He Does the Police in Different Voices: James B. White on the Rhetoric of Criminal Law
“I want to look at a particularly important target of White's polemics, the instrumental and monological language and practice of deterrence in the criminal law – deterrence of police officers by the exclusionary rule and deterrence of criminals by sanctions – and see if I can convert it into literary, self-reflective, ethical language[…]in distinguishing the poetic from the scientific as he does, White cannot distinguish two ways of avoiding being instrumental, one which could be called ethical or rhetorical, and the other which I have to name narcissistic, that is, acts and languages whose autonomous value comes from their uselessness, the aristocratic values of the gentleman who does not have to work for a living. The primary object of his attention is the distinction of the poetic from the instrumental, but he also needs to distinguish the poetic, as language and action with its own value, from poetic in an aesthetic sense, deriving its value from its uselessness. I see this is a real moral danger – the danger of desiring a certain set of deterrent consequences from retributive punishment without being willing or able to do more than hope for them. That is the reason that bringing the language of deterrence into the conversation is a practical task.”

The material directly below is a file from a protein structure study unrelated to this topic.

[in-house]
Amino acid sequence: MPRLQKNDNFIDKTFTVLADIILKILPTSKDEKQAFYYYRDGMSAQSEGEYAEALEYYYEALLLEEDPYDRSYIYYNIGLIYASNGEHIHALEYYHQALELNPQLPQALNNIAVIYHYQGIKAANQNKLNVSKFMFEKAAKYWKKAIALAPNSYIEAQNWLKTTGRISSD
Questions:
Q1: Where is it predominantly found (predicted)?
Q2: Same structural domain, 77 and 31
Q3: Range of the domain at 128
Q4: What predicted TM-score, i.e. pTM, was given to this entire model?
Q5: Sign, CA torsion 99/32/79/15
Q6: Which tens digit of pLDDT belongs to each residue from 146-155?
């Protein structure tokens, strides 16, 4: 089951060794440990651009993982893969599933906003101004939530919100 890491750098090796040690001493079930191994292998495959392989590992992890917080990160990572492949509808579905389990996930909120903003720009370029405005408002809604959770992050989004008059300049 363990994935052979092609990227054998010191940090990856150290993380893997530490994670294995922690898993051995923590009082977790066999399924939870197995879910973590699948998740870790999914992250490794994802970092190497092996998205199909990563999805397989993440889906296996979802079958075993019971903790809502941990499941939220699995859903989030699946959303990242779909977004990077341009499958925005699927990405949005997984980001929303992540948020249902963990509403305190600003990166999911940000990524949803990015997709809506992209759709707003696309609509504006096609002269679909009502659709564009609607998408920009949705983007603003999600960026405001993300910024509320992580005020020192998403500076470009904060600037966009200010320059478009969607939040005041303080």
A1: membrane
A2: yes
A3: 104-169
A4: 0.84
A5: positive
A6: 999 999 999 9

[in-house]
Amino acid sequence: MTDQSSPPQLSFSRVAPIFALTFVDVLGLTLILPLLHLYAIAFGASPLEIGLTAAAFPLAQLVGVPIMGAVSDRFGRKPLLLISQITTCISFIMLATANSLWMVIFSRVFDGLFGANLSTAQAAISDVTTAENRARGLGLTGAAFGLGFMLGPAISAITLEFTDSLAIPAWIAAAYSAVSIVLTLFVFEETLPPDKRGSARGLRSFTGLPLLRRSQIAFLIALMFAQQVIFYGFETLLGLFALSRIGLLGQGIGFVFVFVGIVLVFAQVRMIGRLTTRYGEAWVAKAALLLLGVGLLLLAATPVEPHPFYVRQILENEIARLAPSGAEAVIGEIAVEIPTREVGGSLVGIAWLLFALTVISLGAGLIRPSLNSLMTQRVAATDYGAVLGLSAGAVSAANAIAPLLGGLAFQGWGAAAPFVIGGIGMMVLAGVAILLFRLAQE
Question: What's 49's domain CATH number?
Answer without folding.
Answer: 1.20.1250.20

Garver, Eugene. "He Does the Police in Different Voices: James B. White on the Rhetoric of Criminal Law." Rhetoric Society Quarterly 21, no. 3 (1991): 1-10. http://www.jstor.org/stable/3885421.